Initiation

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Every country has its own methods of preserving the knowledge and tradition of the Mysteries. The degrees are variously reckoned, sometimes four, five, seven, or even ten; but whatever the divisions, during the days of their purity they all honored the one divine purpose of consummating the spiritual marriage of the higher self with the awakened human soul, from which union springs the seer, the adept, the master of life. Through the ravages of time and priestcraft, and the tangle of intrigue and ignorance in which exoteric rites are enmeshed, one perceives the venerable tradition.

In Asia Minor, Theon of Smyrna writes of five degrees in the initiatory cycle:

(1) “the preliminary purification,” because taking part in the Mysteries “must not be indiscriminately given to all who desire it”;

(2) “the tradition of sacred things” which constitutes the “initiation proper”;

(3) the “epoptic revelation,” where the candidate may experience direct intuition of truth;

(4) “the binding of the head and placement of the crown” — a clear reference to the mystical authority received with the crown of initiation to pass on the sacred tradition to others; and, finally,

(5) “friendship and interior communion” with divinity — this was considered the highest and most solemn mystery of all, the complete assimilation of the enlightened mind with the divine self — (Theon of Smyrna, Mathematics Useful for Understanding Plato + Isis Unveiled).

In Persia during the time of Mithraism, when the sun god was honored above earthly things, seven were the degrees, the candidate receiving a name relevant to each stage of interior growth. Using the Graeco-Latin names that have come down to us, the first-degree neophyte was called Corax, “raven” — the dark bird, one in whom the light of wisdom had not yet awakened in great measure. It signified likewise a servant: one who gives of his heart totally before receiving admission into the second degree which was termed Cryphius, “occult”: one accepted as a disciple of esoteric lore; the third was Miles, “soldier,” one who had received sufficient training and purification to become a worker for good. The fourth — Leo, “lion,” emblem of solar power — has reference to the fourth initiation in which the candidate begins the conscious solarizing of the nature through instruction and specialized training. The fifth degree was known as Perses, “Persian,” signifying to the Persians of the time one who was becoming spiritually human — manasaputrized, that is, mind-born. The sixth, Heliodromus, “messenger or runner of Helios (the sun)” is a reference to Mercury or Budha, as messenger between the sun in the cosmos and the sun in man: the bloom of buddhi. The final and seventh was called Pater, “father,” the state of a Full Initiate — (Esoteric Tradition 2:864).

The Hindus likewise had various names for their disciples as they passed from one degree to another. For instance, in one school the candidates received the names of the ten avataras of Vishnu. The first degree neophyte was termed Matsya, “fish”: one yet low in the scale of spiritual mastery. The second was Kurma, “tortoise”: one step higher in evolutionary development. The third degree was called Varaha, “boar,” a further advance in individualization, while the fourth was termed Nara-simha, “man-lion.” This fourth stage marks the turning point between the preliminary degrees of the Lesser Mysteries and the advanced degrees of the Greater Mysteries. This title of man-lion points to the choice demanded of the aspirant between dominance of animal soul qualities and the supremacy henceforth of the truly human attributes. Success in the fourth degree insured the entrance into the fifth called Vamana, “dwarf,” in which the candidate assumed the robes of occult humanhood, though such humanhood was as yet infantile compared to full mastery. Parasu-Rama, “Rama with an axe,” name of the sixth-degree neophyte, suggests one capable of hewing his way with equanimity through the worlds of both spirit and matter. In the seventh degree the disciple becomes fully humanized, receiving the name of Rama, hero of the Ramayana, an important epic of Hindustan. The last three degrees, the eighth, ninth, and tenth, are called respectively: Krishna, the avatara whose death ushered in the Kali yuga some 5,000 years ago; Buddha, whose renunciation of nirvana brought light and peace to a sorrowing world; and the final and tenth, Kalkin or Kalki, the “white-horse” avatara who is yet to come. As noted in the Vishnu Purana, he is destined to appear at the end of the Kali or Iron Age, seated on a white horse, with a drawn sword blazing like a comet, for the destruction of the wicked, the renovation of creation, and the restoration of purity. In ancient symbology the horse also symbolized the sun, hence the tenth avatara will come riding the steed of solar glory to usher in the New Age clothed with the sun of spiritual illumination.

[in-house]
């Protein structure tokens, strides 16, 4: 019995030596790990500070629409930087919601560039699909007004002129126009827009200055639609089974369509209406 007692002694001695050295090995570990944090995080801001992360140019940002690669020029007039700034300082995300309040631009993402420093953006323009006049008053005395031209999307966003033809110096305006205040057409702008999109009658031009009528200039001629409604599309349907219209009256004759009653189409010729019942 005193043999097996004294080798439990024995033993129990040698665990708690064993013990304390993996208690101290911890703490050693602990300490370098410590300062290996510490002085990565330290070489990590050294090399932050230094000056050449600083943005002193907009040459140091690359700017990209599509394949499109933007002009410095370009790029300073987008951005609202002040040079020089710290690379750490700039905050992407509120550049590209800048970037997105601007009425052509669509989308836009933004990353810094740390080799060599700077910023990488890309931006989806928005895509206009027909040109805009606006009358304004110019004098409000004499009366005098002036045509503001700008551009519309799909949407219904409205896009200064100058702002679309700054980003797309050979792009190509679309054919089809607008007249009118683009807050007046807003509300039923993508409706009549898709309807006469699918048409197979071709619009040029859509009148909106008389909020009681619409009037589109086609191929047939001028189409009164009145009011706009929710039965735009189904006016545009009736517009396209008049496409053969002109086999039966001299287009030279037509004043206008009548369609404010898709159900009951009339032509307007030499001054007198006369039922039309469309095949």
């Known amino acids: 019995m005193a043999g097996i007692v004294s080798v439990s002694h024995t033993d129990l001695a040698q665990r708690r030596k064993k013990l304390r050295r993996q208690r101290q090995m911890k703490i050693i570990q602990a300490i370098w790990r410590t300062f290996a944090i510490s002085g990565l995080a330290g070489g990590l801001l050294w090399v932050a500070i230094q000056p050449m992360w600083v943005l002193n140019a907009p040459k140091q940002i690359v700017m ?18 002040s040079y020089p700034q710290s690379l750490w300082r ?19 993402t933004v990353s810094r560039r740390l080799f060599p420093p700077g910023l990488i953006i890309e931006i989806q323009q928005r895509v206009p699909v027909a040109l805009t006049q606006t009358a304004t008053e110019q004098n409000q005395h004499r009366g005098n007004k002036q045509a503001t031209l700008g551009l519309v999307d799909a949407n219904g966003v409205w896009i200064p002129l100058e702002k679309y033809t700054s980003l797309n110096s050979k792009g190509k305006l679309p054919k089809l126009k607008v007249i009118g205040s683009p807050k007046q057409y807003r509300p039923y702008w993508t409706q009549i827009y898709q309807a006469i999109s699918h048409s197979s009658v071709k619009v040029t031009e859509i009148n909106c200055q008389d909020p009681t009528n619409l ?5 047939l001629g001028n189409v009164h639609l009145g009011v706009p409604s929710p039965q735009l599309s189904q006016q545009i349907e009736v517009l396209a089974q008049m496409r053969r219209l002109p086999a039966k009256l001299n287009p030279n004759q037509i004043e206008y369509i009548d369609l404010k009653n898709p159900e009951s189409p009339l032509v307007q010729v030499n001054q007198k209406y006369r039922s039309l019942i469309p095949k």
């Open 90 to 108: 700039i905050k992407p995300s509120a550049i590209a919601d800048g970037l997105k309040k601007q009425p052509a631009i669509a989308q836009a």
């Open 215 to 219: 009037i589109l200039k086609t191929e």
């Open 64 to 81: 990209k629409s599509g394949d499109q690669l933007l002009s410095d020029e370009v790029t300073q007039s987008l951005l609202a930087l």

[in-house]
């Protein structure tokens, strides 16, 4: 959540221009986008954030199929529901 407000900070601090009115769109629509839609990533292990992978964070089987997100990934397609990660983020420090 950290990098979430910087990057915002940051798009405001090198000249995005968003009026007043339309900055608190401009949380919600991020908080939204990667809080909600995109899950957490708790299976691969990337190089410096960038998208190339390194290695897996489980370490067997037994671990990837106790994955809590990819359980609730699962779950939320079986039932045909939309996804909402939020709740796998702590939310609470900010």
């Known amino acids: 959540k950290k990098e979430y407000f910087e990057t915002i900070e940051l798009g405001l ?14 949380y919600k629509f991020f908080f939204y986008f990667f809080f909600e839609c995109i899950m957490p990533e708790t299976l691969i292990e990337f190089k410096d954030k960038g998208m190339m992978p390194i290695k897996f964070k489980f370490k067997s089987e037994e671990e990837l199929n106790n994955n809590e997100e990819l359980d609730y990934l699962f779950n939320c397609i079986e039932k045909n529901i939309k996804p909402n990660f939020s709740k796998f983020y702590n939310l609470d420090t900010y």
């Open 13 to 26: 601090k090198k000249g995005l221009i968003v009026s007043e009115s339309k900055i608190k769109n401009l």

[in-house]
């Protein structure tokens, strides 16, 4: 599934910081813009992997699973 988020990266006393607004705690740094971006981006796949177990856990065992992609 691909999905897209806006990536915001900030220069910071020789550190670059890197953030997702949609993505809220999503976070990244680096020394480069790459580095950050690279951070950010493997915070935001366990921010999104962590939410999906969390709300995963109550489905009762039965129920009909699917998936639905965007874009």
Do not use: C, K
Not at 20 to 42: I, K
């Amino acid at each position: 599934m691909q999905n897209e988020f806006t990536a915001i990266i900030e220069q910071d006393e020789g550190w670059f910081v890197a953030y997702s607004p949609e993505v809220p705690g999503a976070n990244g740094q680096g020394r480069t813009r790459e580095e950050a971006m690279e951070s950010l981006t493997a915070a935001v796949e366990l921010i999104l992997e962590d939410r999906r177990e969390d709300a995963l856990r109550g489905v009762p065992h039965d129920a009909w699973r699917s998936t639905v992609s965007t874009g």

While seven were the degrees usually enumerated in the Mysteries, hints have been given of three higher degrees than the seventh. But so esoteric would these be that only the most spiritualized of humanity could comprehend and hence undertake these divine initiations. Rare indeed are those who become avatara-like; rarer still, “as rare as are the flowers of the Udumbara-tree” are the Buddhas. As for the tenth and last — such has been left unmarred by description.